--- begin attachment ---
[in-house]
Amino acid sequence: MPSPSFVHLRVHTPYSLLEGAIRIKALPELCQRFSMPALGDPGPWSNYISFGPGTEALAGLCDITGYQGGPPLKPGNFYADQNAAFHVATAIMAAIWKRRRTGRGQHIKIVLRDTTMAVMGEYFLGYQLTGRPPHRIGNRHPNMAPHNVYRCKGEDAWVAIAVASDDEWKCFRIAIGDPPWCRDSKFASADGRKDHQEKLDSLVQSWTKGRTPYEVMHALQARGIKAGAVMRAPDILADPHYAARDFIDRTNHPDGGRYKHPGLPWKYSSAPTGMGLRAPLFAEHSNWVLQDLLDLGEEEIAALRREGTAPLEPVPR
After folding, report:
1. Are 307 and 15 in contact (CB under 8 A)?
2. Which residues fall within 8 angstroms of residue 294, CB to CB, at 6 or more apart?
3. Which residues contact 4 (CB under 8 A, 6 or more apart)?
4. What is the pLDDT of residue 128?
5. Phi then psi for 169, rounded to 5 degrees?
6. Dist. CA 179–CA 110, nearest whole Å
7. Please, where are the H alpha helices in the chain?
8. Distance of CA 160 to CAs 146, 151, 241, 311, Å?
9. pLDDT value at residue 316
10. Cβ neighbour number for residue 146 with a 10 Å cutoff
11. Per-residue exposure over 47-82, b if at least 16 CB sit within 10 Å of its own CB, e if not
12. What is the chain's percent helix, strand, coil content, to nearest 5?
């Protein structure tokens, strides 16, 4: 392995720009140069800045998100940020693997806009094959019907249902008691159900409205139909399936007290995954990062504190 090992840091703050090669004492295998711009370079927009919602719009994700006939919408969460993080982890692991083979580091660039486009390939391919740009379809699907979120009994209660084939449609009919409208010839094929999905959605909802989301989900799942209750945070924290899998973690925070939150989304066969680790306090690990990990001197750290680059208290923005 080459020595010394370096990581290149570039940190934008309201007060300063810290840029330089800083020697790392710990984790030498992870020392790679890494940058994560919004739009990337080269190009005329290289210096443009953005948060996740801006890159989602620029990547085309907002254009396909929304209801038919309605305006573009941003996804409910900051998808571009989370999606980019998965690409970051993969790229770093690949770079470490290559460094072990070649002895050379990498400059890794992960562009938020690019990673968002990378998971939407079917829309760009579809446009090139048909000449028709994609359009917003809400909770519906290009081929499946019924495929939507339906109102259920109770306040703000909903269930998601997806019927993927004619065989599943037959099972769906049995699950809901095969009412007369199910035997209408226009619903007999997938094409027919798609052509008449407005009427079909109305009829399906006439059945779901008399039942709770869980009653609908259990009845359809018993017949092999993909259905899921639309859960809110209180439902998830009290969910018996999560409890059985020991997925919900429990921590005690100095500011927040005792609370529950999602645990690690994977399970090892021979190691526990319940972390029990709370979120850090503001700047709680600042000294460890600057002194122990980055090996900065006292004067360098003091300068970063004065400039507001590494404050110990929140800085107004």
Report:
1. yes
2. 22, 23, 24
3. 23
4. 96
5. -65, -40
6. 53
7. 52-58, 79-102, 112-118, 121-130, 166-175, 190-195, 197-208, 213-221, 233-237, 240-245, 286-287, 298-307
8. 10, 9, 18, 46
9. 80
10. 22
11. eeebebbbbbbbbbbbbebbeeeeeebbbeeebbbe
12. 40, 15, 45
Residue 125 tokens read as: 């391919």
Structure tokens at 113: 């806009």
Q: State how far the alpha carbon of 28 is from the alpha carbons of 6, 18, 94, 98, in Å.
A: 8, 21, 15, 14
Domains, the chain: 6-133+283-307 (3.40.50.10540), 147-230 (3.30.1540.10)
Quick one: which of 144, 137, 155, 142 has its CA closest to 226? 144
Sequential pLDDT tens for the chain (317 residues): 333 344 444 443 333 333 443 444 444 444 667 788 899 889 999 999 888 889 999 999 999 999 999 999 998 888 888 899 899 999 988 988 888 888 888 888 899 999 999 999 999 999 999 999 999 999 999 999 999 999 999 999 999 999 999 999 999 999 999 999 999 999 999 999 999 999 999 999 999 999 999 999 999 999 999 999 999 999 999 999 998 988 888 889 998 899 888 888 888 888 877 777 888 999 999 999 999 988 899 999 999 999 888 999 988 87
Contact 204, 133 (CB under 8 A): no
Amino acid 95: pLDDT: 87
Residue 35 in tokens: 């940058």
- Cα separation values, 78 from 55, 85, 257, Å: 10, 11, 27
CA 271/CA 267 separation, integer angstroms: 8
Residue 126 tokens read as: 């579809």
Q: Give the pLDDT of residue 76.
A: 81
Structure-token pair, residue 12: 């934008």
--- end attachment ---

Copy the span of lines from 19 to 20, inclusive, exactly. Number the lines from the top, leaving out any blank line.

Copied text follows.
2. 22, 23, 24
3. 23